2017 marks the 21st Anniversary of CBM UK, the UK’s leading overseas disability charity. An event was held to mark the occasion, thank UK supporters, and highlight the urgent need for more to be done to tackle disability in the world’s poorest places. Some well-known CBM supporters attended, including Paralympic Wheelchair Racer Anne Wafula-Strike MBE and actress Trudie Goodwin. The Rt Hon Emily Thornberry, Shadow Foreign Secretary and MP for Islington South & Finsbury made a speech at the event.
CBM works in the poorest communities of the world to prevent blindness, improve health and help people with disabilities go to school, earn a living and be active in their communities. CBM UK was established in 1996. Since then UK doctors, disability experts, volunteers and supporters have played a vital part in delivering life-changing work. CBM UK currently works with local partners to run programs in 14 countries across Africa, Asia and Latin America while also contributing to work in over 60 countries as part of the global CBM federation. Worldwide CBM helps around 30 million people each year.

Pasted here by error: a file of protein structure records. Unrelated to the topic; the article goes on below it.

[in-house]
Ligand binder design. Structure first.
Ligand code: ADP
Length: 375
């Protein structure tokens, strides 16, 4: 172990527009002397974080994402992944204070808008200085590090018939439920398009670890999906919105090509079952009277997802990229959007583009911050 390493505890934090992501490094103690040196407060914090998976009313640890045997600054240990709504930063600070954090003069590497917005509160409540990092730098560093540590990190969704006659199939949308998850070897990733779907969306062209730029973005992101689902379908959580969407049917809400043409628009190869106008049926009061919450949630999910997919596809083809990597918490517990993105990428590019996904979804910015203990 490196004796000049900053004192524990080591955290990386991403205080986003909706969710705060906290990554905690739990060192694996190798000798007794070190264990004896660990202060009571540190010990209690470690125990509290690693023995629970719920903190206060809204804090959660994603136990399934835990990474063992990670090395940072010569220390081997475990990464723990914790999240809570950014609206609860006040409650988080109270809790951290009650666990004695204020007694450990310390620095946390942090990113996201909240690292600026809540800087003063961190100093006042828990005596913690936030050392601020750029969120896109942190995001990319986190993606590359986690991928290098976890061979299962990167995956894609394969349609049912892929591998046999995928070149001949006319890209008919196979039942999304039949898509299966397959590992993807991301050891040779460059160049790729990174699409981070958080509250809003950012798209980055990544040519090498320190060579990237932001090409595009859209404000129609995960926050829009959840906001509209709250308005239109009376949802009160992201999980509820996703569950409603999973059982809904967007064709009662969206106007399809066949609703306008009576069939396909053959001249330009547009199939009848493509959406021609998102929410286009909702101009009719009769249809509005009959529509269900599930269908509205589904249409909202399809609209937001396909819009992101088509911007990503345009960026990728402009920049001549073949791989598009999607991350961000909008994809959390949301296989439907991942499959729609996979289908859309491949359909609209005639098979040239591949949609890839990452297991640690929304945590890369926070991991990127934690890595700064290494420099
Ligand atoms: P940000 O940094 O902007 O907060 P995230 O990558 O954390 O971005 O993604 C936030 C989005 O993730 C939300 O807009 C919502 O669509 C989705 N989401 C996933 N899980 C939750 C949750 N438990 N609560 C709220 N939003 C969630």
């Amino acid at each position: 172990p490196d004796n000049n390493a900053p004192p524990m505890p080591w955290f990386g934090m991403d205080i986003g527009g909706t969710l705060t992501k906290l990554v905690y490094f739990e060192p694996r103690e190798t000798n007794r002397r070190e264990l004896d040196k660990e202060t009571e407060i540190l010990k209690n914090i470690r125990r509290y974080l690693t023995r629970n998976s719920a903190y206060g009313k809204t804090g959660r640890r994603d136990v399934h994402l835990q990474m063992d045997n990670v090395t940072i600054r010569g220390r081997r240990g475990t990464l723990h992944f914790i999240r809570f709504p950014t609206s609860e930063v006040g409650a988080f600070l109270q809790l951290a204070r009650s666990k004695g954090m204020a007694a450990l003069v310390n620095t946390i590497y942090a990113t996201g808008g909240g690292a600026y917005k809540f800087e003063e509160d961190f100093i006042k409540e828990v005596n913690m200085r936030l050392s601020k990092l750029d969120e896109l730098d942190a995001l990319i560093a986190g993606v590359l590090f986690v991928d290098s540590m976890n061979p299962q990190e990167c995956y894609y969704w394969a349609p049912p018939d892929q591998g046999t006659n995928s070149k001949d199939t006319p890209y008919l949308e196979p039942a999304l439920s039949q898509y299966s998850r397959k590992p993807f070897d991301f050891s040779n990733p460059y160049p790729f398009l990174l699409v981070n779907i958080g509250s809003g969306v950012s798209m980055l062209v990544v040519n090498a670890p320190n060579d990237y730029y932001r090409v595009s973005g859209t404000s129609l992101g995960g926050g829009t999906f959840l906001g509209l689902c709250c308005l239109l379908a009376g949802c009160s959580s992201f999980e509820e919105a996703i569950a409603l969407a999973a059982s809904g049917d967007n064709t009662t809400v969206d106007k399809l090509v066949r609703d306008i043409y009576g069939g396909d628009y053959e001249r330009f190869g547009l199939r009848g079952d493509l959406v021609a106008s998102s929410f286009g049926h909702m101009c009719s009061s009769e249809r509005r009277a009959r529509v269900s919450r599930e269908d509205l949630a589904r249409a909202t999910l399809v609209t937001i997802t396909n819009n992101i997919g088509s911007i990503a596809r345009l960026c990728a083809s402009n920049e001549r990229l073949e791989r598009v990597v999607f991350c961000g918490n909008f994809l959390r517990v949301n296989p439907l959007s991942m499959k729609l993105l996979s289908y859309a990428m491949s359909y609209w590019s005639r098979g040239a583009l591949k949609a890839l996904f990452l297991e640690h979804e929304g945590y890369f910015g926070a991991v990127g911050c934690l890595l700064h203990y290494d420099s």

CBM UK Chief Executive Kirsty Smith:
“Our 21st birthday is an opportunity to thank our supporters across the UK whose generosity has transformed millions of lives in the world’s poorest places, but also to highlight how much we still need to do. The world has made great strides forward in combating poverty but people with disabilities – 1 in 7 of the world’s population – are being left behind. People still go blind because of conditions that could easily be treated. Disabled people are still routinely denied the chance to go to school or earn a living and face prejudice and stigma. So while we’re celebrating all that we’ve achieved since 1996, we’re also taking this opportunity to share our ambitious plans for the coming years and to inspire people across the UK to get involved.”
To mark its 21st year, CBM UK is also launching an inspirational booklet named 21 Stories, telling the organisation’s story through the voices of 21 people who have helped shape their work, including medical experts, supporters, volunteers and people with disabilities.
The Rt Hon the Lord Blunkett has written a foreword to the book and is also urging peolple to support CBM UK’s vital work:
“Too many people with disabilities in developing countries are unable to fulfil their potential, held back by lack of access to education or healthcare, basic assistive devices like wheelchairs or hearing aids, and crucially by social attitudes that isolate women, men and children with disabilities and can rob them of self-belief. With a billion disabled people worldwide, it’s a devastating waste of opportunity, not just for individuals but for whole families, communities and societies. Please join me in working with CBM. Together we can transform lives.”
For more information on CMB UK’s work, visit www.cbmuk.org.uk.